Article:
Modeling Metamorphic Rocks Using Equilibrium Thermodynamics and Internally Consistent Databases: Past Achievements, Problems and Perspectives

Lanari, Pierre; Duesterhoeft, Erik (2018). Modeling Metamorphic Rocks Using Equilibrium Thermodynamics and Internally Consistent Databases: Past Achievements, Problems and Perspectives. Journal of petrology, 60(1), pp. 19-56. Oxford University Press 10.1093/petrology/egy105

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The astonishing progress of personal computer technology in the past 30 years as well as the availability of thermodynamic data and modeling programs have revolutionized our ability to investigate and quantify metamorphic processes. Equilibrium thermodynamics has played a central role in this revolution, providing simultaneously a physico-chemical framework and efficient modeling strategies to calculate mineral stability relations in the Earth’s lithosphere (and beyond) as well as thermobarometric results. This Perspectives contribution provides a review of the ingredients and recipes required for constructing models. A fundamental requirement to perform thermodynamic modeling is an internally consistent database containing standard state properties and activity–composition models of pure minerals, solid solutions, and fluids. We demonstrate how important internal consistency is to this database, and show some of the advantages and pitfalls of the two main modeling strategies (inverse and forward modeling). Both techniques are commonly applied to obtain thermobarometric estimates; that is, to derive P–T (pressure–temperature) information to quantify the conditions of metamorphism. In the last section, we describe a new modeling strategy based on iterative thermodynamic models, integrated with quantitative compositional mapping. This technique provides a powerful alternative to traditional modeling tools and permits use of local bulk compositions for testing the assumption of local equilibrium in rocks that were not fully re-equilibrated during their metamorphic history. We argue that this is the case for most natural samples, even at high-temperature conditions, and that this natural complexity must be taken into consideration when applying equilibrium models.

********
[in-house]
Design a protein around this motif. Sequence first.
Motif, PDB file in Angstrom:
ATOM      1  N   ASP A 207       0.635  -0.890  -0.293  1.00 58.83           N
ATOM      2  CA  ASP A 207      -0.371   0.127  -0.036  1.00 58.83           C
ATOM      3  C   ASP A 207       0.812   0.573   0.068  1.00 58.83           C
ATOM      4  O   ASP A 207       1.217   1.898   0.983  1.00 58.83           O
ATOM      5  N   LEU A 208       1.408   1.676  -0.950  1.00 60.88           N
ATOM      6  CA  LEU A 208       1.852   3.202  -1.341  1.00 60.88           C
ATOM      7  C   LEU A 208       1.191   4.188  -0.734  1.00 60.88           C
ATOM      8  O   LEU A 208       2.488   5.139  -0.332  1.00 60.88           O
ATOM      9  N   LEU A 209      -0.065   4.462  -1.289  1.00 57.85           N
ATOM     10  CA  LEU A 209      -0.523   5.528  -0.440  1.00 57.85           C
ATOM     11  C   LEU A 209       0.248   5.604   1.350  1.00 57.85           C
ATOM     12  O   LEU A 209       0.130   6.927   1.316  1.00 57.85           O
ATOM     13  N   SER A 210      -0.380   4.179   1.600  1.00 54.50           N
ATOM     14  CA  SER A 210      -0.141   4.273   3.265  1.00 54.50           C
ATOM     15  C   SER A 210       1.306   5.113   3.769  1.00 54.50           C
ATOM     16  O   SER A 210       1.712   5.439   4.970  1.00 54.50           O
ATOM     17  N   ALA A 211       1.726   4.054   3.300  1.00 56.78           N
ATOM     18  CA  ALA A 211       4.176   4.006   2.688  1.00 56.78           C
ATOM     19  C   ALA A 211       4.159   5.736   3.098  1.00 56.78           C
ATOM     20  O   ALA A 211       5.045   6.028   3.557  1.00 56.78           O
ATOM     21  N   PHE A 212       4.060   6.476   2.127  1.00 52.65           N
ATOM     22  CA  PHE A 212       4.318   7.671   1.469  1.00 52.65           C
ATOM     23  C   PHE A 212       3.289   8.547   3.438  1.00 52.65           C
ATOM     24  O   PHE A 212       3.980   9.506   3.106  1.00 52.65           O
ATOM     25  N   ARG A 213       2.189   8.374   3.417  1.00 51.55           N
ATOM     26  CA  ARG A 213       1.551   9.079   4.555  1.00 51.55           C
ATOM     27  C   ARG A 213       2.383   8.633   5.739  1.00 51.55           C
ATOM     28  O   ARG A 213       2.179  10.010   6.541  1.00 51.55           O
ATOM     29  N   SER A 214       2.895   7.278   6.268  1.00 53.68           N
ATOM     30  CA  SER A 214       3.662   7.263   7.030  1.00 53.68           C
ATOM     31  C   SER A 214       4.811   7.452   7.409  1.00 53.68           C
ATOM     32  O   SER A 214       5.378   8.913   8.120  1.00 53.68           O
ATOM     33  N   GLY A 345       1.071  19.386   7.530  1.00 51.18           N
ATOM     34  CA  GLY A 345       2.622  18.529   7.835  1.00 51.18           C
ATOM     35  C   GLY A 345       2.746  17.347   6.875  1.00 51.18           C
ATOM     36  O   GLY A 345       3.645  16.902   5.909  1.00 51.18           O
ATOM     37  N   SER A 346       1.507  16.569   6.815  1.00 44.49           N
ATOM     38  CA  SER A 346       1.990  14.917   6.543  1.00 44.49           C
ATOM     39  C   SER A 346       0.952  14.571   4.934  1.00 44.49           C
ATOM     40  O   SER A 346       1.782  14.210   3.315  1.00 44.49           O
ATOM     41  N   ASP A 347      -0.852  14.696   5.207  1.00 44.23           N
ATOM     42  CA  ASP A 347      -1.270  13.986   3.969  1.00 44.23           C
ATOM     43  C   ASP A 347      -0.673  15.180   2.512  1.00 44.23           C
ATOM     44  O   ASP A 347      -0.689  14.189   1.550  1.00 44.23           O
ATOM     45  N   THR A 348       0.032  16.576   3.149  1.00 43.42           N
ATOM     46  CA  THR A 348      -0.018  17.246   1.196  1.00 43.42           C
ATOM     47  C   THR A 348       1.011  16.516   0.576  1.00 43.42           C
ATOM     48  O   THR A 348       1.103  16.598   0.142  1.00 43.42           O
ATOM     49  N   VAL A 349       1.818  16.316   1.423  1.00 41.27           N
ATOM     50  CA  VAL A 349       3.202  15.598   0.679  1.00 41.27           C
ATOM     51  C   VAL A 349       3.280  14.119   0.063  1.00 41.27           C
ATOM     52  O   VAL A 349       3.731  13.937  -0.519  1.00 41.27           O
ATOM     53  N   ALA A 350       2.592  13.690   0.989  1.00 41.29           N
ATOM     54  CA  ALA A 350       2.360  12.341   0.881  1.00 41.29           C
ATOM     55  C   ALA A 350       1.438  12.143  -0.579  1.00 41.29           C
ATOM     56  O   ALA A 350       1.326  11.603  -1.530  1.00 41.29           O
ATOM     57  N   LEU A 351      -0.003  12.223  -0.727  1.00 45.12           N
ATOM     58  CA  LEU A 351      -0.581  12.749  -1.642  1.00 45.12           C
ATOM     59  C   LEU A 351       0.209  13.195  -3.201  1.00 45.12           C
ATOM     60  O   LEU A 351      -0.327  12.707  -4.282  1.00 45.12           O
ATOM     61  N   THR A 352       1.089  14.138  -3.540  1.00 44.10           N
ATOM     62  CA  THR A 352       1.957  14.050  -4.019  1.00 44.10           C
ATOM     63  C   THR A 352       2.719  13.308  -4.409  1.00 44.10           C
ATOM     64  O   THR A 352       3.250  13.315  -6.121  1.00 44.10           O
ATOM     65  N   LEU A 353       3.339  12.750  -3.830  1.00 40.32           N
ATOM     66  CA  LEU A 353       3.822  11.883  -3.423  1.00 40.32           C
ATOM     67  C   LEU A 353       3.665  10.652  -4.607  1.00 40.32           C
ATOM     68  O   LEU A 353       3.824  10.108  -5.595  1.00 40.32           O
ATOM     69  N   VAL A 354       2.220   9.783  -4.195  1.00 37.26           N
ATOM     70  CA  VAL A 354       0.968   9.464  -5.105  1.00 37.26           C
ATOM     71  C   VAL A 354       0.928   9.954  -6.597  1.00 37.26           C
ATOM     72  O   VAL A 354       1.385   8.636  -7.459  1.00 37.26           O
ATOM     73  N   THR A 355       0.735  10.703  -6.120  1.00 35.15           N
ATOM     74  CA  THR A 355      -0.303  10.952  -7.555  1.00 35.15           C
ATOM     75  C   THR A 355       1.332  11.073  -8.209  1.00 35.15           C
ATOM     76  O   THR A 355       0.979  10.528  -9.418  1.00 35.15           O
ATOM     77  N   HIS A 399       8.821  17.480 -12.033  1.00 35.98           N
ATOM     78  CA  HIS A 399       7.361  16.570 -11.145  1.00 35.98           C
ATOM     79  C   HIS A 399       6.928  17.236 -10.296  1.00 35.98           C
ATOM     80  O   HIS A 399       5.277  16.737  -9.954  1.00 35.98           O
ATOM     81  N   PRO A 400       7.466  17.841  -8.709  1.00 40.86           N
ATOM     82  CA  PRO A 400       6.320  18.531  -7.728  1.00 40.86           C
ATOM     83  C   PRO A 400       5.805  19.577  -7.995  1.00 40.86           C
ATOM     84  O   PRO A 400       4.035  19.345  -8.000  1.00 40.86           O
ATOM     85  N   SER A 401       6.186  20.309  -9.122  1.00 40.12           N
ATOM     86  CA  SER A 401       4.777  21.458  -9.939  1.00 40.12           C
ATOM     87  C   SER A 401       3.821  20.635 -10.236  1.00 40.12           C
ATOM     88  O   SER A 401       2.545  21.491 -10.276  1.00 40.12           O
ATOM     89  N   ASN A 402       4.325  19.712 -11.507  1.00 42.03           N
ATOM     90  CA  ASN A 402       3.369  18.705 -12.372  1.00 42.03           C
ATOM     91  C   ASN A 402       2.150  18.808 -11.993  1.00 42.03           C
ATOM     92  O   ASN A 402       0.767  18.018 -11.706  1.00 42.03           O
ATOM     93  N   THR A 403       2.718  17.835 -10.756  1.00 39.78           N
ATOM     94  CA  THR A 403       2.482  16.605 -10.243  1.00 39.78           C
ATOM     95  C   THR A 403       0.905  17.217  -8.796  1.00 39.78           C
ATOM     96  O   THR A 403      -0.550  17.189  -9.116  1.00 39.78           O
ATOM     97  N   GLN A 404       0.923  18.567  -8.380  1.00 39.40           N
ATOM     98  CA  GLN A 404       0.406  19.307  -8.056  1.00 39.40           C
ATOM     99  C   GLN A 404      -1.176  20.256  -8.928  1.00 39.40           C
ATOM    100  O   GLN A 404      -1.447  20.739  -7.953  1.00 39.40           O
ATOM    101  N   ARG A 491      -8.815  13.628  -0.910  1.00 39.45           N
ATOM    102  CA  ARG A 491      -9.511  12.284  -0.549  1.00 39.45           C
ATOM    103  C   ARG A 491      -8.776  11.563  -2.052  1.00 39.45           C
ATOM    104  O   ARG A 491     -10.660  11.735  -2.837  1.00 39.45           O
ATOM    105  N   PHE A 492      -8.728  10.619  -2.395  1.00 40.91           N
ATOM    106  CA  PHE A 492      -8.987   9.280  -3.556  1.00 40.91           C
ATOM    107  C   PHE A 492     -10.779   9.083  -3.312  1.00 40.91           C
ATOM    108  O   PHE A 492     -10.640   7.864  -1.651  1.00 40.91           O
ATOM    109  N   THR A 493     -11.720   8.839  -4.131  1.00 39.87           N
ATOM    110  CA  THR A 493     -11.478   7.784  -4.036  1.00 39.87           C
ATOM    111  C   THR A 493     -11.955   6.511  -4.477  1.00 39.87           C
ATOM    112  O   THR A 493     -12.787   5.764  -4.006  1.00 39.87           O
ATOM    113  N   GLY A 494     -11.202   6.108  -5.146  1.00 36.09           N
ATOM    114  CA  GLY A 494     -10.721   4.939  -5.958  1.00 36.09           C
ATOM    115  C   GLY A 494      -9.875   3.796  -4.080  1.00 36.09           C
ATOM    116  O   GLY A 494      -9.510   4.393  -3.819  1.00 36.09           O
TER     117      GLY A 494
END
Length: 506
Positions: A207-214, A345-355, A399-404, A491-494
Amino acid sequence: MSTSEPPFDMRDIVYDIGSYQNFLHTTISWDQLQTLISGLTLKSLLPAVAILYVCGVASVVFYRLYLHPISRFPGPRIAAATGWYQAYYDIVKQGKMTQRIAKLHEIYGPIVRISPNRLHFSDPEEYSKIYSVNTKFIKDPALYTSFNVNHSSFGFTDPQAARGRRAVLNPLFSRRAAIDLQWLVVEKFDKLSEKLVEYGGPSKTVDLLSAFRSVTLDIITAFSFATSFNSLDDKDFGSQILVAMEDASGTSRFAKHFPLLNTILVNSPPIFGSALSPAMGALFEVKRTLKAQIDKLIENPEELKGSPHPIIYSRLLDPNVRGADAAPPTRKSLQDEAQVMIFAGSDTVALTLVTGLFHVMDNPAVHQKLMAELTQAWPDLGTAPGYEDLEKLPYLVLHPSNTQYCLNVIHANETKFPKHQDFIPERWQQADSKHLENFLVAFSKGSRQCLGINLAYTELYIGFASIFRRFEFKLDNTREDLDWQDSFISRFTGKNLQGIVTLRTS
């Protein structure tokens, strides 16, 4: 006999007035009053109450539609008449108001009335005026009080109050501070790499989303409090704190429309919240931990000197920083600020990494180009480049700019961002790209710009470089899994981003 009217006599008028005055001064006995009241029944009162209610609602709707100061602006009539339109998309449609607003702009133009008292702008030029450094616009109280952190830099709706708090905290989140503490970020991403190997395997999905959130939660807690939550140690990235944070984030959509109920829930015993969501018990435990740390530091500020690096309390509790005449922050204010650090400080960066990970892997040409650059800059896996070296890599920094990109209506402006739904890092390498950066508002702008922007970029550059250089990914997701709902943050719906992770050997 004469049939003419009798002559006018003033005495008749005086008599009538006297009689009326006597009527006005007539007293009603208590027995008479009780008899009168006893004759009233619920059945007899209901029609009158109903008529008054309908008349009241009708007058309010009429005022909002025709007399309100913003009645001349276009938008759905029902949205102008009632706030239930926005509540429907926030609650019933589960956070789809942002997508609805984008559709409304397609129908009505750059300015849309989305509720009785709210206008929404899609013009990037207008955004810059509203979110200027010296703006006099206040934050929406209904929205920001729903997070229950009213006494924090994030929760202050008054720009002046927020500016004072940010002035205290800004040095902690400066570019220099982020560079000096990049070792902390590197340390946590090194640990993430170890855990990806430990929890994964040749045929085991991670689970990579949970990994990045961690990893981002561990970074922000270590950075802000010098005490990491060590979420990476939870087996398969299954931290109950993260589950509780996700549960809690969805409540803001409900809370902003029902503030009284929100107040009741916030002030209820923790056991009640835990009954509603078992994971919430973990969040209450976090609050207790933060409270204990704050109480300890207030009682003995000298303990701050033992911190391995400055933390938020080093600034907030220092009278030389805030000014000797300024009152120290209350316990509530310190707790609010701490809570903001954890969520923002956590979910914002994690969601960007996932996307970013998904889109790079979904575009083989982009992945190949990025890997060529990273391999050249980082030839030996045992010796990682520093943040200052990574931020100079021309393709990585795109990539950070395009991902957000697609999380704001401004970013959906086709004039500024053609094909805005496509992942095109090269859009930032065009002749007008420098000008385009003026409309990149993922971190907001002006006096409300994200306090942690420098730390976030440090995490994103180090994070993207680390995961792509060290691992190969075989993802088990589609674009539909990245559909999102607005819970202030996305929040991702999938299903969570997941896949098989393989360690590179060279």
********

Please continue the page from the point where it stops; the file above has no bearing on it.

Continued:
Item Type:

Journal Article (Original Article)

Division/Institute:

08 Faculty of Science > Institute of Geological Sciences
08 Faculty of Science > Institute of Geological Sciences > Petrology

UniBE Contributor:

Lanari, Pierre

Subjects:

500 Science > 550 Earth sciences & geology

ISSN:

0022-3530

Publisher:

Oxford University Press

Language:

English

Submitter:

Pierre Lanari

Date Deposited:

18 Jun 2019 14:48

Last Modified:

23 Oct 2019 08:02

Publisher DOI:

10.1093/petrology/egy105

BORIS DOI:

10.7892/boris.129152

URI:

https://boris.unibe.ch/id/eprint/129152

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